Well, Russia refrained from trying to infiltrate Austria (and after the 1950s, NATO refrained from trying to infiltrate the Warsaw Pact - before that they did, but all their attempts were betrayed by Philby).
But then, Khrushchev and Brezhnev (not to mention Eisenhower and Nixon) were relatively sane and responsible politicians.
True. But actually, I'd incline to the view that Europe would be more secure if the Baltics and Poland were neutral and secure by treaty (like Austria after 1955) and there was a demilitarised buffer between Russian and NATO forces.
The rush by NATO to move its frontiers up to and beyond the limits of the former Soviet Union does not seem, in retrospect, to have been sensible realpolitik.
USA has never been invaded
Also, Japanese forces occupied the furthermost Aleutian Islands in WW2: https://en.wikipedia.org/wiki/Aleutian_Islands_Campaign.
What's the worst that could happen?
China and the US face off, the yuan becomes non-convertible, exports to China dry up, mortgage funding follows, Auckland house prices drop by 80%, all the banks crash under the weight of bad debts, people can no longer get paid or buy food.
It's a well known problem. I've written algorithms that attempt to solve it without doing a full Dijkstra walk through the road network for each location pair.
You can take them inside, if it isn't jammed with cruise ship tourists off to do the "look at a town with water next to it from quite high up" for the 19th time on their fun-packed holiday.
I'm fairly sure that Hitler actually escaped from Germany, and via Argentina, moved to Springfield, where he murdered Marge Simpson and tried (with some success) to pin the blame on OJ. Also he's Barts dad.
Well, no. My current car costs maybe 40c a km to operate. A real taxi is $3-4. Plus, I can taxi into the city easily enough, but suppose I want to go out to the Rimutakas and go hiking - it'll cost a fortune and getting a ride back is going to be an issue. For most people, anything with a human driver is not going to be an economic alternative to owning a car.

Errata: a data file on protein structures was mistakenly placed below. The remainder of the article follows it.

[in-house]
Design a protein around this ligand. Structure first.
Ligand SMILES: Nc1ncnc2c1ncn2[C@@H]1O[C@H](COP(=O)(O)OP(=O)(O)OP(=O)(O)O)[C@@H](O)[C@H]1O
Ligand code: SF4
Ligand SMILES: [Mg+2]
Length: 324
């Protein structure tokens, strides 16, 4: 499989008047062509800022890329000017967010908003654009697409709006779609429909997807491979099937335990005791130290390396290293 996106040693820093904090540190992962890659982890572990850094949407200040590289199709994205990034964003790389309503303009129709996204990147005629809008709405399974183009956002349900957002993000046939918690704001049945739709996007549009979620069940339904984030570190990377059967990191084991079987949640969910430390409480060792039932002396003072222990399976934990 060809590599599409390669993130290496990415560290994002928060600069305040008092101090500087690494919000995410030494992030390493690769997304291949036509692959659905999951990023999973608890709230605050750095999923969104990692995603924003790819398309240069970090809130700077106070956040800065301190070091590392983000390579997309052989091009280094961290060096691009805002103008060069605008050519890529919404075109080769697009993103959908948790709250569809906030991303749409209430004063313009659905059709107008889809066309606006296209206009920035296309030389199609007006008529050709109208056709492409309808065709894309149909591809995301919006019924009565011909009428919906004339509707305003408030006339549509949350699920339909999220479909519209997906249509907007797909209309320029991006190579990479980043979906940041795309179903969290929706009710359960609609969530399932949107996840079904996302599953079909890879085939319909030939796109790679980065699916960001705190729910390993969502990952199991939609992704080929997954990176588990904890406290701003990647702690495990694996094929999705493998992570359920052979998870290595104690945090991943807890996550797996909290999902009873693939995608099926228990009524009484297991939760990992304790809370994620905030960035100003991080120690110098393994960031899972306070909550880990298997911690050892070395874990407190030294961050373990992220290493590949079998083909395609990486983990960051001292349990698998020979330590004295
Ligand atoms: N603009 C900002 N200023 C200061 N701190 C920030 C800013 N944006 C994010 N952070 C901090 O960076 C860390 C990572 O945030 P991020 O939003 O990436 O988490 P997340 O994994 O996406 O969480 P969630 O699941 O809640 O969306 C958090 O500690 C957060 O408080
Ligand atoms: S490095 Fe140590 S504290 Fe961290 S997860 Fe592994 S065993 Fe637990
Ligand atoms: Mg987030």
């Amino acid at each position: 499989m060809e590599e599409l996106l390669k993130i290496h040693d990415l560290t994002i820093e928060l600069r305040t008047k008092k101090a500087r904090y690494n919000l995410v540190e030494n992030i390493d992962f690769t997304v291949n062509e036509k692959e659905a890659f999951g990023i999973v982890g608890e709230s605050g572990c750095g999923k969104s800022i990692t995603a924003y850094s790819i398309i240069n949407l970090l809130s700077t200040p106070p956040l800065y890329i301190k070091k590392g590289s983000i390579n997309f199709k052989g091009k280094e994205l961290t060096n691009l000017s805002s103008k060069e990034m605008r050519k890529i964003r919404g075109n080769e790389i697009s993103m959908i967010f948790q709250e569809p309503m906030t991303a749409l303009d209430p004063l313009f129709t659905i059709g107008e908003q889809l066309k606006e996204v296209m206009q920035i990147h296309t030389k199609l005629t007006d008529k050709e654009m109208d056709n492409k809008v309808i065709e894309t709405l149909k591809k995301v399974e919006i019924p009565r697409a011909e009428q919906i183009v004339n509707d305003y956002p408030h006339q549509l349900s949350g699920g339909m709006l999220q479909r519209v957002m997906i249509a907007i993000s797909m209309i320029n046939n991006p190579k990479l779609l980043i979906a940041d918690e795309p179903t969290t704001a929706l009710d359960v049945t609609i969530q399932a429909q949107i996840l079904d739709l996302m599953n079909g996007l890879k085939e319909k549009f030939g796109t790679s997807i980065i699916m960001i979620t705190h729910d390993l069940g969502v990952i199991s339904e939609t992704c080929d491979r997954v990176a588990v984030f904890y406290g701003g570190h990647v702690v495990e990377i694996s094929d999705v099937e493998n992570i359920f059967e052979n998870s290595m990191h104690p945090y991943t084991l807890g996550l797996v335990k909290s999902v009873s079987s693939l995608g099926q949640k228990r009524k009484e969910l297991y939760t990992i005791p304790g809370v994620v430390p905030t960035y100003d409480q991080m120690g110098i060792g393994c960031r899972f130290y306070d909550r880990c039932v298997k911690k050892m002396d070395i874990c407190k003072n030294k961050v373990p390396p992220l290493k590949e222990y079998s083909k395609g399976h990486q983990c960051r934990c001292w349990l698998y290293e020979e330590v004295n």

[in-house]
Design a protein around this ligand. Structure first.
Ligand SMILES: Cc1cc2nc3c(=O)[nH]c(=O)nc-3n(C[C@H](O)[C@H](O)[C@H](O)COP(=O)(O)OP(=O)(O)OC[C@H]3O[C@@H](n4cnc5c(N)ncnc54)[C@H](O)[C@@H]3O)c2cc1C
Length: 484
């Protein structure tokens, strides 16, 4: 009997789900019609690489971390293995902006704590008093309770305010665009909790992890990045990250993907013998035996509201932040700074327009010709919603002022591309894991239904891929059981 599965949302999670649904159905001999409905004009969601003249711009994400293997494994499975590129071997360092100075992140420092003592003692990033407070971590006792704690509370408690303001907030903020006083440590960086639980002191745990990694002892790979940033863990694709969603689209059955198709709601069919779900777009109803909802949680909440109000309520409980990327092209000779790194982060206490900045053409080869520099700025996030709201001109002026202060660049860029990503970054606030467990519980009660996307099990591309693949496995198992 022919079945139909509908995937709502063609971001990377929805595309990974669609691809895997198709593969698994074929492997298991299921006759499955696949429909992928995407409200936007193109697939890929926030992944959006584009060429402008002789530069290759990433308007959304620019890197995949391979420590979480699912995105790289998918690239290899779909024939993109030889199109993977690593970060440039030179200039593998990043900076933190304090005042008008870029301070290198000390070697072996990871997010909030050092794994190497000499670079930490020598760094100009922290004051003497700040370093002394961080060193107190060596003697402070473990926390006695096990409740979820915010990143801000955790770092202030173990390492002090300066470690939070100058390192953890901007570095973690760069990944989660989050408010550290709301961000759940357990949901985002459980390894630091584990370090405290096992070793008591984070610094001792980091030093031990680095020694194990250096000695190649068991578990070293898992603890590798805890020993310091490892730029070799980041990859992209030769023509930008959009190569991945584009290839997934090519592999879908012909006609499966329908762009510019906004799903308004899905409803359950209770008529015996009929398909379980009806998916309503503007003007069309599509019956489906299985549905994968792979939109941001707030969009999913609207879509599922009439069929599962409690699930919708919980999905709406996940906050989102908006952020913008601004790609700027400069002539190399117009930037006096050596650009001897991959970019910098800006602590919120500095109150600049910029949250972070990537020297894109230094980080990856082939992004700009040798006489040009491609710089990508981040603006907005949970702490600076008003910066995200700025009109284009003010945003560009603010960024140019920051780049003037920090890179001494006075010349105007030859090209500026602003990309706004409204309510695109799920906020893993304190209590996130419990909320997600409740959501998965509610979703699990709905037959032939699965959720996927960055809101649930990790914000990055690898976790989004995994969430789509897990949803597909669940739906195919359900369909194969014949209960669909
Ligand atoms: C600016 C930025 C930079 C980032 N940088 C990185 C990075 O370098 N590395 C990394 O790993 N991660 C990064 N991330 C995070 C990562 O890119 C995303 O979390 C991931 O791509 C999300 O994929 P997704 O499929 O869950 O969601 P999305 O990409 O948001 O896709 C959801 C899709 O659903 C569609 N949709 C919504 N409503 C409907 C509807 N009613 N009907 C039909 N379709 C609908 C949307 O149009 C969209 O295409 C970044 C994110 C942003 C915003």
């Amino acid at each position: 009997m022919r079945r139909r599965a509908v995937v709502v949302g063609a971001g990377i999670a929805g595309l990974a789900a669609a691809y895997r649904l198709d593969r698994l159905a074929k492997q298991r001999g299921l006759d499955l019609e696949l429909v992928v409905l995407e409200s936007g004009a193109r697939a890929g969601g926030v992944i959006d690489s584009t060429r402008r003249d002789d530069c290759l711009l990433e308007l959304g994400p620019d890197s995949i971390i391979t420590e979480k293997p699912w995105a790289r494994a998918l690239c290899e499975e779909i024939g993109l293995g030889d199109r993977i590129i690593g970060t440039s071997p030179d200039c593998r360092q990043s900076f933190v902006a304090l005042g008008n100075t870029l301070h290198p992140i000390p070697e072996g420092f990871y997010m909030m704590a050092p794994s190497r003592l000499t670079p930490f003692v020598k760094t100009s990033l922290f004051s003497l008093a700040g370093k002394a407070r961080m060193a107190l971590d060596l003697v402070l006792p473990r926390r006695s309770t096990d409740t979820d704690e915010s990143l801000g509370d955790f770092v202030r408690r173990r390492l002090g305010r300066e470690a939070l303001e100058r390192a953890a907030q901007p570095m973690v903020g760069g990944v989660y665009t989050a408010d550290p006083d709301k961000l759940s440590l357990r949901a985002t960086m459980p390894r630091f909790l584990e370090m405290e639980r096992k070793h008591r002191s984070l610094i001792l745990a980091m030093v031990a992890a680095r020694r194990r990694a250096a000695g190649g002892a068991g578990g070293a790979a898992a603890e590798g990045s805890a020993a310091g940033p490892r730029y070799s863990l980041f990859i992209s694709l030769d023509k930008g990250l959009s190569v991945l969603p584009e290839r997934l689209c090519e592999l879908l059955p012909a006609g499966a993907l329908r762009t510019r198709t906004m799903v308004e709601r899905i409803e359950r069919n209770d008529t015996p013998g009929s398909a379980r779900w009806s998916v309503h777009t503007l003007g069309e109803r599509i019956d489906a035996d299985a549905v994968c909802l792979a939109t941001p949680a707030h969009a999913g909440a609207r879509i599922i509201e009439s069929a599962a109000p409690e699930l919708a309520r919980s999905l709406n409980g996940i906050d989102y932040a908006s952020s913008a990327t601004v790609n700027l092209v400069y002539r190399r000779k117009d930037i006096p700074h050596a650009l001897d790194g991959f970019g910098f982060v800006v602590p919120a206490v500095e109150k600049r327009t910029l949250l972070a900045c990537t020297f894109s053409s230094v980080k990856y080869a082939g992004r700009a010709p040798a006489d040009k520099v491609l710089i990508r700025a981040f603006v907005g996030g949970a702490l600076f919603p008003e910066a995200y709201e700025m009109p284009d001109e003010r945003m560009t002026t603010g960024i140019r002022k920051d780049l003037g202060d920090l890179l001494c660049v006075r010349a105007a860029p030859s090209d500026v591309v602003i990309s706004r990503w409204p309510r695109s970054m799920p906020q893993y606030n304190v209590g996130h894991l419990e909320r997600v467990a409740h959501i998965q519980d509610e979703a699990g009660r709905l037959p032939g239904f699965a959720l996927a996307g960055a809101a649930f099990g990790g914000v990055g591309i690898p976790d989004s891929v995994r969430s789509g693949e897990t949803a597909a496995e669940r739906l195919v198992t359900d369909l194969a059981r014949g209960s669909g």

Fast forward a few years and I get a shiny new autonomous car. It costs me more, maybe $2 a km. If I'm using it in town, I'll need to pay either parking or a few extra kms for it to drive out on its own to someplace with free parks.
Or I can send it off to earn a living - or use somebody else's car. Reducing the cost, maybe by half.
The problem is the puke factor. What percentage of passengers will mess up cars? If they do, the car goes off to be cleaned and enforcement robots pop around to the miscreants residence for a cup of tea and their kneecaps.
I don't think the point is replacing human driven taxis by manual ones for taxi journeys.
It's more that:
- a huge number of people currently own a car
- self-driving cars will eventually happen
- if I take my self-driving car into town, I probably won't leave it in a park while I'm there, I'll want to send it home, or to somewhere I don't have to pay for parking
- or I could have it earn money transporting somebody else
- or I don't own a car at all, and just send for one when I need it
The latter is what Uber want to own - not all the people riding in taxis, but all the people riding in their own cars.
I'd be interested to know of any modern instances where a benchtop experiment (as opposed to a high-energy accelerator or cosmological observation) has produced results that don't agree with accepted physics and it hasn't been shown to be experimental error or deliberate fraud. I can't think of any.